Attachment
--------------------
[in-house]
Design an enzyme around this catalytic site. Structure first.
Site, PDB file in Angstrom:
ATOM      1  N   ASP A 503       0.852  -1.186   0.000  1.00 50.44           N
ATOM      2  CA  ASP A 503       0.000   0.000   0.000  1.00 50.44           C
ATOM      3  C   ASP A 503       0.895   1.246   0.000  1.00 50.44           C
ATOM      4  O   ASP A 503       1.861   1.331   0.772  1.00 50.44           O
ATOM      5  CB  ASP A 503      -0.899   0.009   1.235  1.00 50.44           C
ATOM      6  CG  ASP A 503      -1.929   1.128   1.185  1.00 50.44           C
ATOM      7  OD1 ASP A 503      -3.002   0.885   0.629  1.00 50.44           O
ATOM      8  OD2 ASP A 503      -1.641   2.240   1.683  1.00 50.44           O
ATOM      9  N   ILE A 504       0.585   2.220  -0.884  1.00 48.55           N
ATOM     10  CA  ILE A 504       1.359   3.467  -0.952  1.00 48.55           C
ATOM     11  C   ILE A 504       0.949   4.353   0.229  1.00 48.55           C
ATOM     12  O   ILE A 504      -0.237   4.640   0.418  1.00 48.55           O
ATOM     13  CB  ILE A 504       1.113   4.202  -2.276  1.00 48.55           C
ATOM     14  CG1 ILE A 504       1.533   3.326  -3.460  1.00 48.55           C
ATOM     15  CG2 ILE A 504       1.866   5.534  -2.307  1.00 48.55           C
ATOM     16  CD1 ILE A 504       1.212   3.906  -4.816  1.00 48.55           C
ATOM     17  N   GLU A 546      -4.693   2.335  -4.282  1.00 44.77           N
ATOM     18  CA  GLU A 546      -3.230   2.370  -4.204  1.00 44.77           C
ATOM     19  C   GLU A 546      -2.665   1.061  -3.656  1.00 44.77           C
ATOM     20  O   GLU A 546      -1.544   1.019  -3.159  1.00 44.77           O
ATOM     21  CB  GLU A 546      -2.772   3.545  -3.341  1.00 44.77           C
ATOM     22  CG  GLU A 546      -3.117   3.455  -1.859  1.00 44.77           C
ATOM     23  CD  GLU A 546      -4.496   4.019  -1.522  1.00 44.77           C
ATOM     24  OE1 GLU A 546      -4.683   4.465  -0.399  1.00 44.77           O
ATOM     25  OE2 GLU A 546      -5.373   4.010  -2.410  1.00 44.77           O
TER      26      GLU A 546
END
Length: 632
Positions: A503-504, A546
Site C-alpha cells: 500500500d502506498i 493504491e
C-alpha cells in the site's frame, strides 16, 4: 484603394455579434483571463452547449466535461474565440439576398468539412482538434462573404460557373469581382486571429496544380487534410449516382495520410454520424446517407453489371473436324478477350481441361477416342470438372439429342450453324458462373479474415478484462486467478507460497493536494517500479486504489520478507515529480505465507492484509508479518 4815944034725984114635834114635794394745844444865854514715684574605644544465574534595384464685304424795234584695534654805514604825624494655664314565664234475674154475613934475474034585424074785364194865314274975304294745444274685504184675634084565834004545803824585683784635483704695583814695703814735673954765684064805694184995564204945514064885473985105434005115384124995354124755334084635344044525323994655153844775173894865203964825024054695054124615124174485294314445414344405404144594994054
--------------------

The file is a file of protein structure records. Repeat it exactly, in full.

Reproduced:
[in-house]
Design an enzyme around this catalytic site. Structure first.
Site, PDB file in Angstrom:
ATOM      1  N   ASP A 503       0.852  -1.186   0.000  1.00 50.44           N
ATOM      2  CA  ASP A 503       0.000   0.000   0.000  1.00 50.44           C
ATOM      3  C   ASP A 503       0.895   1.246   0.000  1.00 50.44           C
ATOM      4  O   ASP A 503       1.861   1.331   0.772  1.00 50.44           O
ATOM      5  CB  ASP A 503      -0.899   0.009   1.235  1.00 50.44           C
ATOM      6  CG  ASP A 503      -1.929   1.128   1.185  1.00 50.44           C
ATOM      7  OD1 ASP A 503      -3.002   0.885   0.629  1.00 50.44           O
ATOM      8  OD2 ASP A 503      -1.641   2.240   1.683  1.00 50.44           O
ATOM      9  N   ILE A 504       0.585   2.220  -0.884  1.00 48.55           N
ATOM     10  CA  ILE A 504       1.359   3.467  -0.952  1.00 48.55           C
ATOM     11  C   ILE A 504       0.949   4.353   0.229  1.00 48.55           C
ATOM     12  O   ILE A 504      -0.237   4.640   0.418  1.00 48.55           O
ATOM     13  CB  ILE A 504       1.113   4.202  -2.276  1.00 48.55           C
ATOM     14  CG1 ILE A 504       1.533   3.326  -3.460  1.00 48.55           C
ATOM     15  CG2 ILE A 504       1.866   5.534  -2.307  1.00 48.55           C
ATOM     16  CD1 ILE A 504       1.212   3.906  -4.816  1.00 48.55           C
ATOM     17  N   GLU A 546      -4.693   2.335  -4.282  1.00 44.77           N
ATOM     18  CA  GLU A 546      -3.230   2.370  -4.204  1.00 44.77           C
ATOM     19  C   GLU A 546      -2.665   1.061  -3.656  1.00 44.77           C
ATOM     20  O   GLU A 546      -1.544   1.019  -3.159  1.00 44.77           O
ATOM     21  CB  GLU A 546      -2.772   3.545  -3.341  1.00 44.77           C
ATOM     22  CG  GLU A 546      -3.117   3.455  -1.859  1.00 44.77           C
ATOM     23  CD  GLU A 546      -4.496   4.019  -1.522  1.00 44.77           C
ATOM     24  OE1 GLU A 546      -4.683   4.465  -0.399  1.00 44.77           O
ATOM     25  OE2 GLU A 546      -5.373   4.010  -2.410  1.00 44.77           O
TER      26      GLU A 546
END
Length: 632
Positions: A503-504, A546
Site C-alpha cells: 500500500d502506498i 493504491e
C-alpha cells in the site's frame, strides 16, 4: 484603394455579434483571463452547449466535461474565440439576398468539412482538434462573404460557373469581382486571429496544380487534410449516382495520410454520424446517407453489371473436324478477350481441361477416342470438372439429342450453324458462373479474415478484462486467478507460497493536494517500479486504489520478507515529480505465507492484509508479518 4815944034725984114635834114635794394745844444865854514715684574605644544465574534595384464685304424795234584695534654805514604825624494655664314565664234475674154475613934475474034585424074785364194865314274975304294745444274685504184675634084565834004545803824585683784635483704695583814695703814735673954765684064805694184995564204945514064885473985105434005115384124995354124755334084635344044525323994655153844775173894865203964825024054695054124615124174485294314445414344405404144594994054